FIG. 6 is a flowchart of a method in accordance with above-disclosed embodiment. A first step 601 involves generating an electrical signal from the sender. In an embodiment, the video conferencing system includes a sender and a receiver and the electrical signal is a light pulse wherein the light pulse could be a blinking light having a frequency less than the measured latency. A second step 602 involves capturing the electrical signal. A third step 603 includes transmitting the electrical signal to the receiver. A next step 604 includes displaying the electrical signal.

A next step 605 includes reflecting the displayed electrical signal to an image capturing device. In an embodiment, a reflection means is incorporated to reflect the displayed electrical signal. A next step 606 includes displaying the reflected electrical signal to the sender. A next step 607 involves sensing the displayed reflected light. A final step 608 includes measuring the latency of steps 601-607. Again, by implementing this feature, the end-to-end latency contribution of all of the system components in a video pipeline can be measured repeatedly and reliably.

A method of measuring video latency between a sender and a receiver in a video conference system. In an embodiment, the method includes initiating an electrical signal from a first location in a video conference system, transmitting the electrical signal through the video components of the video conference system, reflecting the electrical signal back through the video components of the video conference system and measuring the latency of the electrical signal at the first location related to the transmission and reflection of the electrical signal. Through the implementation of the above-described methodology, the measurement of the latency associated with video components can be measured across geographical locations by measuring the start of an electrical signal and the return of the electrical signal at the same physical location. By reflecting the original electrical signal back into the pipeline of video components and sensing the signal at the point of origin, the one-way networked video latency can by calculated to be ½ of the round trip time (RTT) latency. Consequently, the end-to-end latency contribution of all of the system components in a video pipeline can be measured repeatedly and reliably.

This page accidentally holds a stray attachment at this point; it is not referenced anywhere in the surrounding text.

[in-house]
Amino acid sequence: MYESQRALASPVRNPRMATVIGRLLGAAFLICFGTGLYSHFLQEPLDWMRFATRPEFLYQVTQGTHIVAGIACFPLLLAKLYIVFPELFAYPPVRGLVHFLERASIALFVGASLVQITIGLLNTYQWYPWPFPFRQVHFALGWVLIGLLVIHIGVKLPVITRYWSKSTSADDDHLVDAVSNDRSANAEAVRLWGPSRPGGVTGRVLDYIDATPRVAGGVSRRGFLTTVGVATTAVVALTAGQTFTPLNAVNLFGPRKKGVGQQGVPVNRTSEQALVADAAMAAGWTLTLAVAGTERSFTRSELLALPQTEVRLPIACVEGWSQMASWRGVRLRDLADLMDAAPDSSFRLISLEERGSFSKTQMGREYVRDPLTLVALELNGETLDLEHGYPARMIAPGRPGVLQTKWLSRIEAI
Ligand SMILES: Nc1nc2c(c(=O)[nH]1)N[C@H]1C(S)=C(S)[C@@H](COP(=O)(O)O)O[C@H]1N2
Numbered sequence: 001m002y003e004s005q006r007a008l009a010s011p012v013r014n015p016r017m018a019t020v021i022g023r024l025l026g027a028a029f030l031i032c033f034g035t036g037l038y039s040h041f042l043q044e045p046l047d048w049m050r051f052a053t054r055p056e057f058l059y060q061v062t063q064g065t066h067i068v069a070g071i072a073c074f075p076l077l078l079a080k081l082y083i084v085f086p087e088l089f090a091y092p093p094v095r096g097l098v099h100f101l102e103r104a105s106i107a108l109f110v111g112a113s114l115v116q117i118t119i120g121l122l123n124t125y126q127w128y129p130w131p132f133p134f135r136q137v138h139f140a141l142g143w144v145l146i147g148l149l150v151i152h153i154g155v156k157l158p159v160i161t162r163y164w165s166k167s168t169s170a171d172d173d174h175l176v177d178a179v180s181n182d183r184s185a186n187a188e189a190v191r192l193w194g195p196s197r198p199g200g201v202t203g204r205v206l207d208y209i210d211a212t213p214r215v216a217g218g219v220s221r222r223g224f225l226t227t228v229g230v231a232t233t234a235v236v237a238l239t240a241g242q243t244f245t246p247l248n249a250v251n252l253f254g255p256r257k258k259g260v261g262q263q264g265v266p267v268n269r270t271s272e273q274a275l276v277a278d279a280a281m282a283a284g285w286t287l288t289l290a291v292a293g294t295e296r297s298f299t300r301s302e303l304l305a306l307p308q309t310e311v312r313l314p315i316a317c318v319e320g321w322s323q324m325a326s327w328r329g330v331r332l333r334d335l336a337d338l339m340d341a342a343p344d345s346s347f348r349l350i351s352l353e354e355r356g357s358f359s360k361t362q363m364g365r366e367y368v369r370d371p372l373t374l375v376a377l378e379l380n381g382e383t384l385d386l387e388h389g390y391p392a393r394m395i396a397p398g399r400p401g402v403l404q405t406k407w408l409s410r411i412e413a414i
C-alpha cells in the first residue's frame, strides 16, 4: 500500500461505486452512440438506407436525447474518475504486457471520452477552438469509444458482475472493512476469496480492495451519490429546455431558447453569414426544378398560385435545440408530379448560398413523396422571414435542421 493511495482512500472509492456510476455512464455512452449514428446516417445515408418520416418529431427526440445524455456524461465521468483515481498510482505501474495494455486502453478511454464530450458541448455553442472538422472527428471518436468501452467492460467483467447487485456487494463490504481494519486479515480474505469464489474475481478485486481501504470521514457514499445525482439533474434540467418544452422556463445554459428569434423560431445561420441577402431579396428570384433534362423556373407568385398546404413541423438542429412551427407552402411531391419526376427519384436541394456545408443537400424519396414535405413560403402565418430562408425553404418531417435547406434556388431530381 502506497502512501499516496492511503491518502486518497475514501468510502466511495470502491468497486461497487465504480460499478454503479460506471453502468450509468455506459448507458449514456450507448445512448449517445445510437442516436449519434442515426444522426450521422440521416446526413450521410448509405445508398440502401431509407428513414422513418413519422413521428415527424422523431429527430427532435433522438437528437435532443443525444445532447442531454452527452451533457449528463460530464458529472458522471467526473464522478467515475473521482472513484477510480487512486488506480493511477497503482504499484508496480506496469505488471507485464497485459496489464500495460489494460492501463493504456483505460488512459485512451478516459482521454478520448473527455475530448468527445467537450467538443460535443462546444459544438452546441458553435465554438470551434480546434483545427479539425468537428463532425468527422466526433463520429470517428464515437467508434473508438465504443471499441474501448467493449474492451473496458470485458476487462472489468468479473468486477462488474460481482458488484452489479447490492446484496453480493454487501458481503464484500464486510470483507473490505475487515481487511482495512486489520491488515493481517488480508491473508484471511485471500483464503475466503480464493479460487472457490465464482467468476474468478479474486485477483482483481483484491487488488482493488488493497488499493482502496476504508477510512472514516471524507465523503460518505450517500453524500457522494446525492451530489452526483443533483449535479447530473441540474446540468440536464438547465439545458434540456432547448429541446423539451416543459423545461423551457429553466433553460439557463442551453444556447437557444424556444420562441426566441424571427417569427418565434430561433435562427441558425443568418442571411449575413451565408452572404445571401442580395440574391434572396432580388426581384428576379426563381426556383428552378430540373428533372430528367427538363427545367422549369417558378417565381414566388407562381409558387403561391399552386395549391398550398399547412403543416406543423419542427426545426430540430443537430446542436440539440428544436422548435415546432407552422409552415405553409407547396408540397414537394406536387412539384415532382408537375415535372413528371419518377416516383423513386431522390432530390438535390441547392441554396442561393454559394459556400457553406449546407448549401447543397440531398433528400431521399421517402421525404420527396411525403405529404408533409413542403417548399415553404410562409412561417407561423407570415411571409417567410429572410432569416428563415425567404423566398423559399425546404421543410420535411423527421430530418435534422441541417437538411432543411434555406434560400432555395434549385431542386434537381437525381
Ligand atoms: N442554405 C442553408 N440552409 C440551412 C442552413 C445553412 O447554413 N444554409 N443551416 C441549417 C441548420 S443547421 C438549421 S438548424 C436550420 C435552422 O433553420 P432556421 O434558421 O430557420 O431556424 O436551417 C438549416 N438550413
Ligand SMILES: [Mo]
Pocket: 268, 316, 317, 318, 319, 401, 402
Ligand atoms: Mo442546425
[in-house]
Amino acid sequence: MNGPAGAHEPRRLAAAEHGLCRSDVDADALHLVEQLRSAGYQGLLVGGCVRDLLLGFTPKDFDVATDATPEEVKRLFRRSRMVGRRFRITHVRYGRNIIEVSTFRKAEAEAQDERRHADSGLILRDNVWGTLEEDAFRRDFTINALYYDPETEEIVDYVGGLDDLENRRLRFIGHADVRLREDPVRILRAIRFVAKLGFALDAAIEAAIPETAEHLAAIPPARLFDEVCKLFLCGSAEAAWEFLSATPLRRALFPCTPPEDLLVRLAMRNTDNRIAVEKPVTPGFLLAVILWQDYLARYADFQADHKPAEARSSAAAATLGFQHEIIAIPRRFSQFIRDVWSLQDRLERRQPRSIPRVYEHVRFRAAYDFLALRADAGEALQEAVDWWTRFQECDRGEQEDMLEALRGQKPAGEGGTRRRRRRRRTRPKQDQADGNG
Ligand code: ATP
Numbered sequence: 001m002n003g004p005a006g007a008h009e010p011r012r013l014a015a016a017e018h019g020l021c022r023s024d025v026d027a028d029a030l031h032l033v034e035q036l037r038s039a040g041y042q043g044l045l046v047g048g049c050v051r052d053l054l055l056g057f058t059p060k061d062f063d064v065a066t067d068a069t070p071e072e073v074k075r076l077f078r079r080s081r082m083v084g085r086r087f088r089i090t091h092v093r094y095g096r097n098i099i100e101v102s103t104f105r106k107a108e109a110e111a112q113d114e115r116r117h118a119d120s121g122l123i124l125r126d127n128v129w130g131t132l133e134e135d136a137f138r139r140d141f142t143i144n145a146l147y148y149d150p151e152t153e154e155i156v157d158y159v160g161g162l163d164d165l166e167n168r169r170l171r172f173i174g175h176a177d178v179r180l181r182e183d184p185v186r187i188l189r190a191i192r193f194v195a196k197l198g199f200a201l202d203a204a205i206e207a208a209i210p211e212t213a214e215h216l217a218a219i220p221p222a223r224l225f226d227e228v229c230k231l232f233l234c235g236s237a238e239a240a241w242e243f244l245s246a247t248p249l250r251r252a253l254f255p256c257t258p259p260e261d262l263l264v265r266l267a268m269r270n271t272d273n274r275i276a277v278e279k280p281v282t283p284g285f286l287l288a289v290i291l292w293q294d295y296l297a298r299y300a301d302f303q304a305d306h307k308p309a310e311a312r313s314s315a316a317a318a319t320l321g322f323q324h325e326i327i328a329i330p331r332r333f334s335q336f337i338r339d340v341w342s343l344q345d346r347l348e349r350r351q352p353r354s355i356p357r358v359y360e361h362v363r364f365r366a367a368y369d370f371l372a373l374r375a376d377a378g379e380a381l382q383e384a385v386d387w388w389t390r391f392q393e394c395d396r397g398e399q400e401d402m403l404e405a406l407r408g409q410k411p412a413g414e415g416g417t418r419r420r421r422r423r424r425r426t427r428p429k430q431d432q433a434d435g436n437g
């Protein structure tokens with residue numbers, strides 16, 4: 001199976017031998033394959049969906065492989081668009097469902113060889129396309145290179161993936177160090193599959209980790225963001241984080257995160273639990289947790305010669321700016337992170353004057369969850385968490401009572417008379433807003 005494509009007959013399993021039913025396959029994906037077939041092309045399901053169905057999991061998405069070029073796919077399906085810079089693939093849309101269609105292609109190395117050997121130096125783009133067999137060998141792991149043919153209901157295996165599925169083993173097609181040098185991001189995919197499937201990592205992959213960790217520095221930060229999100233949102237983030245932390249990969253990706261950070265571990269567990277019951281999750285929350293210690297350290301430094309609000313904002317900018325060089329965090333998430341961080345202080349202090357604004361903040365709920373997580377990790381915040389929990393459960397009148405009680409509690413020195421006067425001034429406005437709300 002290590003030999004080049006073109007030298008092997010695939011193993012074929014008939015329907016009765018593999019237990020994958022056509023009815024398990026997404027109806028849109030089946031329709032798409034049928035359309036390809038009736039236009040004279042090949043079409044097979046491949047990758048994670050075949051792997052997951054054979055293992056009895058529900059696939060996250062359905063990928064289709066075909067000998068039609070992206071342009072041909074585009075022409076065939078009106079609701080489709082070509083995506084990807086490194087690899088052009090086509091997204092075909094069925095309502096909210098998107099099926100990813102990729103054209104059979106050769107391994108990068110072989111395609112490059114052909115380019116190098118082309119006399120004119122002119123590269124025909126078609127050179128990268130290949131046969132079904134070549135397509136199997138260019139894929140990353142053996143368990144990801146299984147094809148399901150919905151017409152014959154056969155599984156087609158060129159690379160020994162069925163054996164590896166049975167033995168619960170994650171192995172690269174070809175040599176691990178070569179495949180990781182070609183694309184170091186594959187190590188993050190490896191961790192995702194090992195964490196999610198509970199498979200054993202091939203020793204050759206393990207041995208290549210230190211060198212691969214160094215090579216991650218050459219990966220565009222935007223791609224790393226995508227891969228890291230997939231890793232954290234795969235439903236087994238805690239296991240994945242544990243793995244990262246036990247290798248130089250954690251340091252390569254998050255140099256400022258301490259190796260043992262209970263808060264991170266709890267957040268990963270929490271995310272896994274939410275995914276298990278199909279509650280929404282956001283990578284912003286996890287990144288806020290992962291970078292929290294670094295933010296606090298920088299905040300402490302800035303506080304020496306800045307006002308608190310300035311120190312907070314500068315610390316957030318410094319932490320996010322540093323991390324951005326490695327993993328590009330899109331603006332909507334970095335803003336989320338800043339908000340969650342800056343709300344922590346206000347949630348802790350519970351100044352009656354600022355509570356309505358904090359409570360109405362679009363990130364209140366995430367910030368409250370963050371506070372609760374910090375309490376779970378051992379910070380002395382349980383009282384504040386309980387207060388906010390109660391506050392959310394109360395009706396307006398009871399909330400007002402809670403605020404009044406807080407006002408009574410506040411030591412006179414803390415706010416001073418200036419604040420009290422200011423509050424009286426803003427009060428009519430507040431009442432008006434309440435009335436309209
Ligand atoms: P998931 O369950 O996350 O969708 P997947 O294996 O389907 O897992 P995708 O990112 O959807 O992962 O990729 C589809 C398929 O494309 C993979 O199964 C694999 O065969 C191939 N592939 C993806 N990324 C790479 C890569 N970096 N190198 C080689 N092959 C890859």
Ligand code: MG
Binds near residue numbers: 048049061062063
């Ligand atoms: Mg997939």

The above-described embodiment may also be implemented, for example, by operating a computer system to execute a sequence of computer readable instructions. Accordingly, a computing device typically includes at least some form of computer readable media. Computer readable media can be any available media that can be accessed by computing device. By way of example, and not limitation, computer readable media may comprise computer storage media and communications media. Computer storage media includes volatile and nonvolatile, removable and non-removable media implemented in any method or technology for storage of information such as computer readable instructions, data structures, program modules or other data. Computer storage media includes, but is not limited to, RAM, ROM, EEPROM, flash memory or other memory technology, CD-ROM, digital versatile disks (DVD) or other optical storage, magnetic cassettes, magnetic tape, magnetic disk storage or other magnetic storage device, or any other medium which can be used to store the desired information and which can be accessed by computing device.

Communication media typically embodies computer readable instructions, data structures, program modules or other data in a modulated data signal such as a carrier wave or other transport mechanism and includes any information delivery media. The term “modulated data signal” means a signal that has one or more of its characteristics set or changed in such a manner as to encode information in the signal. By way of example, and not limitation, communication media includes wired media such as a wired network or direct-wired connection, and wireless media such as acoustic, RF, infrared and other wireless media. Combinations of any of the above should also be included within the scope of computer readable media. Accordingly, an alternate embodiment includes a computer readable medium having computer executable components for automatically calibrating a video conferencing system.

Without further analysis, the foregoing so fully reveals the gist of the present inventive concepts that others can, by applying current knowledge, readily adapt it for various applications without omitting features that, from the standpoint of prior art, fairly constitute essential characteristics of the generic or specific aspects of this invention. Therefore, such applications should and are intended to be comprehended within the meaning and range of equivalents of the following claims. Although this invention has been described in terms of certain embodiments, other embodiments that are apparent to those of ordinary skill in the art are also within the scope of this invention, as defined in the claims that follow.